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My current approach is to take some elements of $M^{(2, 2)}$ and examine the submodules generated by them, in the hopes of finding a basis for them. Each submodule will correspond to an irreducible representation (since it was generated by a single element). We can find the representations from the submodules using the relationship $\rho (\sigma)b = \sigma b$ for $b$ a basis vector.

For example ,if we start with the element of $M^{(2,2)}$ that is the sum of all the tabloids, then the submodule is spanned by said element, since it is invariant under the effects of (12), (23), (34). Hence $\rho (\sigma) = 1$ for all $\sigma \in \mathfrak{S}$

I am struggling to apply this method to other elements of $M^{(2, 2)}$. How will I know when I have all of the irreducible representations?

EDIT: My apologies, I thought the notation I'd used was more well known. I'm looking at representation theory of the symmetric group. $M^{(2, 2)}$ is the permutation module spanned by tabloids of shape $(2, 2)$. Here is a reference that covers some of the topic area: http://www-personal.umich.edu/~charchan/RepresentationTheorySymmetricGroupsNotes.pdf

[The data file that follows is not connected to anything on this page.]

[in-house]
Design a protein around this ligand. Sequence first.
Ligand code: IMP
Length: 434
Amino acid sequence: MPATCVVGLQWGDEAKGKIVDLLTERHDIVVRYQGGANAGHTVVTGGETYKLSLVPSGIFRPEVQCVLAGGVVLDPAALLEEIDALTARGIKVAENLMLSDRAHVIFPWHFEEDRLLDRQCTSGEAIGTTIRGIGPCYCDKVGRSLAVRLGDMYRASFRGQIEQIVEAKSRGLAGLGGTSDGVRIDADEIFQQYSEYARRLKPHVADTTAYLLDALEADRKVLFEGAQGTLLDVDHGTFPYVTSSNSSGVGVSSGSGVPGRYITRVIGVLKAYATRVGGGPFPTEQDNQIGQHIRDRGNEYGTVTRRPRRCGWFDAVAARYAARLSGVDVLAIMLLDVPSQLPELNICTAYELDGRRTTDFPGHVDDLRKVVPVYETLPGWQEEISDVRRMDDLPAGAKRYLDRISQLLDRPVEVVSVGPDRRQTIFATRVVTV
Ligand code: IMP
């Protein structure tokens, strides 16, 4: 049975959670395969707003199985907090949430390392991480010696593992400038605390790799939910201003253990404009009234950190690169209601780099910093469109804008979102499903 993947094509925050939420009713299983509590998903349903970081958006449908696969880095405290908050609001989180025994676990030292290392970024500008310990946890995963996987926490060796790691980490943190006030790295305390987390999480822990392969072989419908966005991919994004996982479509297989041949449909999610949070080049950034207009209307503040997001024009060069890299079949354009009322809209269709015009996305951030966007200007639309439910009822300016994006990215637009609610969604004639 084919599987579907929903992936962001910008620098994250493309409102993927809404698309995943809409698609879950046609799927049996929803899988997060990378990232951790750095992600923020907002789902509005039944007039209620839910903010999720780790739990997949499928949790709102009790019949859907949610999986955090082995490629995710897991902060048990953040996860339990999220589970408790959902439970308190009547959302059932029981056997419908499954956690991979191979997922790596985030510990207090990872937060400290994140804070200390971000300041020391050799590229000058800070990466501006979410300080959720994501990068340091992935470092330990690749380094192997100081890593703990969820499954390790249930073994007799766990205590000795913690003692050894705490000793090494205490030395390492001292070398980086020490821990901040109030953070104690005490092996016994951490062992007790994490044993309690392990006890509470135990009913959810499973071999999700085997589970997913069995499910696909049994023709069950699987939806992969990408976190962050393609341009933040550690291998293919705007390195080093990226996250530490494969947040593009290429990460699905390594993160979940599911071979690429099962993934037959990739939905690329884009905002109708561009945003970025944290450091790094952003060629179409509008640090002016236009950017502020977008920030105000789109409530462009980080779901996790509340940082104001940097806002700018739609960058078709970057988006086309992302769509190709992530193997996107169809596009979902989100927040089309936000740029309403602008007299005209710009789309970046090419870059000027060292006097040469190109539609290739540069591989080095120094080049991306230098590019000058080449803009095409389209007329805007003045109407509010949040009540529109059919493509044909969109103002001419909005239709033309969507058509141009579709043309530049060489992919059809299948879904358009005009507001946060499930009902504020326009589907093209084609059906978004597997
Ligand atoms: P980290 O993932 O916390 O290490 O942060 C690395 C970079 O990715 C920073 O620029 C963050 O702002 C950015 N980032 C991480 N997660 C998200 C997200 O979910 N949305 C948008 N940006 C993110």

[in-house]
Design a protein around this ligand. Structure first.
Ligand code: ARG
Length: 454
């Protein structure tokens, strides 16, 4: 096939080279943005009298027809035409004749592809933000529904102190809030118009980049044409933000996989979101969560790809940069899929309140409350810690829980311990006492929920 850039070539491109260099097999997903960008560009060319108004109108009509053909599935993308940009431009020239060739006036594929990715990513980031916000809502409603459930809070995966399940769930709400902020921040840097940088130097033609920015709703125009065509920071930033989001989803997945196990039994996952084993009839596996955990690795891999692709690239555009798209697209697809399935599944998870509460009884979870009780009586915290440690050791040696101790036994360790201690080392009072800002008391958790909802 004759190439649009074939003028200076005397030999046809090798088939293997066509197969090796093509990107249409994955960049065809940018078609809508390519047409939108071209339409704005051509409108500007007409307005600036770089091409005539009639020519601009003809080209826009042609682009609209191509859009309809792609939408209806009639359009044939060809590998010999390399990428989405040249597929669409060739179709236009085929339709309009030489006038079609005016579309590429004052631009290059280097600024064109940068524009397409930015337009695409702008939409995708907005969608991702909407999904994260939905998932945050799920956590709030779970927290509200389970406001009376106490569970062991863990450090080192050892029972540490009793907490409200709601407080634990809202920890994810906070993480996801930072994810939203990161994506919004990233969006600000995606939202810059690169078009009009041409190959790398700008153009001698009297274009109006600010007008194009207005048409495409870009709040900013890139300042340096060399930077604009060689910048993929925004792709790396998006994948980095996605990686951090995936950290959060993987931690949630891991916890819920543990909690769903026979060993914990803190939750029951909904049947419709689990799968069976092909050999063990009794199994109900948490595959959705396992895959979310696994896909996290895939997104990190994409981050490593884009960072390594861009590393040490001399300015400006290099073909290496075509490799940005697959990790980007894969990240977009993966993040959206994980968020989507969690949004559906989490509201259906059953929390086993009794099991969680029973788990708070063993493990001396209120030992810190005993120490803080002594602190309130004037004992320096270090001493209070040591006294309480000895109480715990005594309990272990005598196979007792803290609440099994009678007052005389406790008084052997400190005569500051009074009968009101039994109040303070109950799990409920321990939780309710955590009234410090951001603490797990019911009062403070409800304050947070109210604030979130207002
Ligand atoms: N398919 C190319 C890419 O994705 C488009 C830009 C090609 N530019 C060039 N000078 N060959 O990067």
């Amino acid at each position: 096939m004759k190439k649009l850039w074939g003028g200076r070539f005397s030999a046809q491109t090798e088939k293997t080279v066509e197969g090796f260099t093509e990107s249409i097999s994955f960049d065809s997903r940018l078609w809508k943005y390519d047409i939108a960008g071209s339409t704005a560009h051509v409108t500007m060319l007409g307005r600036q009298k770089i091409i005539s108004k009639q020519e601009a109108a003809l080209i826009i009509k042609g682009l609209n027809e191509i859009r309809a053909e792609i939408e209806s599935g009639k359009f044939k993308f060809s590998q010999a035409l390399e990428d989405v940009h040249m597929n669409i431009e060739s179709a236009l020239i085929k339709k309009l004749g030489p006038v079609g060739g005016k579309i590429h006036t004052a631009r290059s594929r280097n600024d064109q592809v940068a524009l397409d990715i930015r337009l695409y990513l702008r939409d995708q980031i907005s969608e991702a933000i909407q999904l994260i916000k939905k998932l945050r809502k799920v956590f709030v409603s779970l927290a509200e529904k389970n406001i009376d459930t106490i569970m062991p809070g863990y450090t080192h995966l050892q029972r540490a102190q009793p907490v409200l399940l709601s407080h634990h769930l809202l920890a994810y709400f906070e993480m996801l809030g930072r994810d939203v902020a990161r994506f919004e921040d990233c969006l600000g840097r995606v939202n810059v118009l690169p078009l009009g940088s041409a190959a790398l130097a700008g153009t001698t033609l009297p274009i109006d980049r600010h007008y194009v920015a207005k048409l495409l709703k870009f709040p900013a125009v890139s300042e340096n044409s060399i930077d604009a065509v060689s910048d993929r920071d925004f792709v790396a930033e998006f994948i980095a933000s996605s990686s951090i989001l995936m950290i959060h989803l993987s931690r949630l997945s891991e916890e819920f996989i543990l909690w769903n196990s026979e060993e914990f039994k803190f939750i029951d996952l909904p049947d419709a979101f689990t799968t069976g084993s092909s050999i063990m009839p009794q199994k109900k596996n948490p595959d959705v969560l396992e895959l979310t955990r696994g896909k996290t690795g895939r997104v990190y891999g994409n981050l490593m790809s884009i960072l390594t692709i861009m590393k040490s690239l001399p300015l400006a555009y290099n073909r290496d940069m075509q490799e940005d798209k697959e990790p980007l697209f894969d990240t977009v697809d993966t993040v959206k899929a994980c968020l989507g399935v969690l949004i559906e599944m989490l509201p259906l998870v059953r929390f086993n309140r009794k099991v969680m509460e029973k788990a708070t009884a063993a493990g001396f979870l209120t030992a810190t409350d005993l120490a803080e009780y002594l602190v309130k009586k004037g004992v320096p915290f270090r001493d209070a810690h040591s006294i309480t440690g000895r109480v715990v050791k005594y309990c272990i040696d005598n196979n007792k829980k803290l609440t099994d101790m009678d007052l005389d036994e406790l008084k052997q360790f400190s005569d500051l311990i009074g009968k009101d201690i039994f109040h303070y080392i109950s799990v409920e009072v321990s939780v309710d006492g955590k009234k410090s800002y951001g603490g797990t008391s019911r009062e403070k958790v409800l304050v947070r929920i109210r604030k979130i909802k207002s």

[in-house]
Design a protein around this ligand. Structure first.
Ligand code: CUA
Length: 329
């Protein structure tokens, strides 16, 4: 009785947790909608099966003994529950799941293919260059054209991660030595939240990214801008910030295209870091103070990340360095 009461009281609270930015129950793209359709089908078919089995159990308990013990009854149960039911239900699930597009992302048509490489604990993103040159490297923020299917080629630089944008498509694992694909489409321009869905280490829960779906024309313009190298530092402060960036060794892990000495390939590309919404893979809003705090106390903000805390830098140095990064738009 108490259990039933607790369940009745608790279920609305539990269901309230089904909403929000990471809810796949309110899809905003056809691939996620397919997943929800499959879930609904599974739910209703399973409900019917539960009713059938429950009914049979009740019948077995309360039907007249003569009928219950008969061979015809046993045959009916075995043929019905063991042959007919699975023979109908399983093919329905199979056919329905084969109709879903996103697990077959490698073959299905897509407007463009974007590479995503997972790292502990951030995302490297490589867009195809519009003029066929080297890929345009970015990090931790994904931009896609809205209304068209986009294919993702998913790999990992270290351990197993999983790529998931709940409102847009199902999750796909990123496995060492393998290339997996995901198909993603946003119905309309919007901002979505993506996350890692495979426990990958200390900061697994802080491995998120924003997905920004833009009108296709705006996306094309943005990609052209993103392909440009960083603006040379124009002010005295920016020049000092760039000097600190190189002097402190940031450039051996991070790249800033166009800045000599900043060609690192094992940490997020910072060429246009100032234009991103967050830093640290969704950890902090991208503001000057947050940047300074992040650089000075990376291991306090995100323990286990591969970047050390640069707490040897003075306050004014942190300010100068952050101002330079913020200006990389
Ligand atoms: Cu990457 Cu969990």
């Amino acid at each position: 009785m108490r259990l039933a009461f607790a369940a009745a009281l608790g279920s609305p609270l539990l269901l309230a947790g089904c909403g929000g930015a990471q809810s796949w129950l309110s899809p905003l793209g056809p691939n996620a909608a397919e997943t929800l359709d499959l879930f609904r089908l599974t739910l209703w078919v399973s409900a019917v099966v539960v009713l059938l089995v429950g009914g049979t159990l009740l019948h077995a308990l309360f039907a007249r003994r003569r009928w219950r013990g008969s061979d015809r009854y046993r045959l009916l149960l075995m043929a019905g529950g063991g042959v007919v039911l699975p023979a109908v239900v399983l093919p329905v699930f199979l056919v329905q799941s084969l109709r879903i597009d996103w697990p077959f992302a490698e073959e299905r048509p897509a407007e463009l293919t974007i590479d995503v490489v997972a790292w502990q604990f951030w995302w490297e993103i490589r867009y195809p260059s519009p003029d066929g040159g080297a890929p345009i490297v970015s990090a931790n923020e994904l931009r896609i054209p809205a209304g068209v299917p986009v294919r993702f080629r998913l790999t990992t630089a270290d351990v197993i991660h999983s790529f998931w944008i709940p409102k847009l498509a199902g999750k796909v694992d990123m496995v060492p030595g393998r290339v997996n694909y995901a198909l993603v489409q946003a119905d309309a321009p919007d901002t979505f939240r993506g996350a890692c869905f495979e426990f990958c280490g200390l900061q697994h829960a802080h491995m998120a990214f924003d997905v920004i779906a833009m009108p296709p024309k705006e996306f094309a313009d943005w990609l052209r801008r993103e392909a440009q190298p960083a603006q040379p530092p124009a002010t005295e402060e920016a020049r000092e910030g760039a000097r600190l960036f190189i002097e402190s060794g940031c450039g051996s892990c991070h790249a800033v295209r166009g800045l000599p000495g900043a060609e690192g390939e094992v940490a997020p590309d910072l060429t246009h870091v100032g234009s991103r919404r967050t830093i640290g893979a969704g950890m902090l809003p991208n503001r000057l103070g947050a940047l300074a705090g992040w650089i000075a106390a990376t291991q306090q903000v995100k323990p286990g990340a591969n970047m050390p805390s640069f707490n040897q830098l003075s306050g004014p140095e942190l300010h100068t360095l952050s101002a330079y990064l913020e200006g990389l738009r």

I have now figured out the crux of the problem. There is a 1-d, a 2-d and a 3-d submodule. One can prove that there are no further submodules of these by showing that any single element that spans such a submodule but be 0.

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  • $\begingroup$ You should probably explain what $M^{(2,2)}$ is, for our mind reading machines are all out of order this week. (Giving information about what field you are working with would not hurt, probably!) $\endgroup$ – Mariano Suárez-Álvarez Feb 6 '18 at 3:36
  • $\begingroup$ Being generated by a single element is far from enough to guarantee being irreducible. $\endgroup$ – Tobias Kildetoft Feb 6 '18 at 4:47
  • $\begingroup$ @TobiasKildetoft Thank you! That clarified things for me. If a submodule is spanned by a single element then it is irreducible, but being generated by a single element is not the same. $\endgroup$ – simples123 Feb 6 '18 at 23:01

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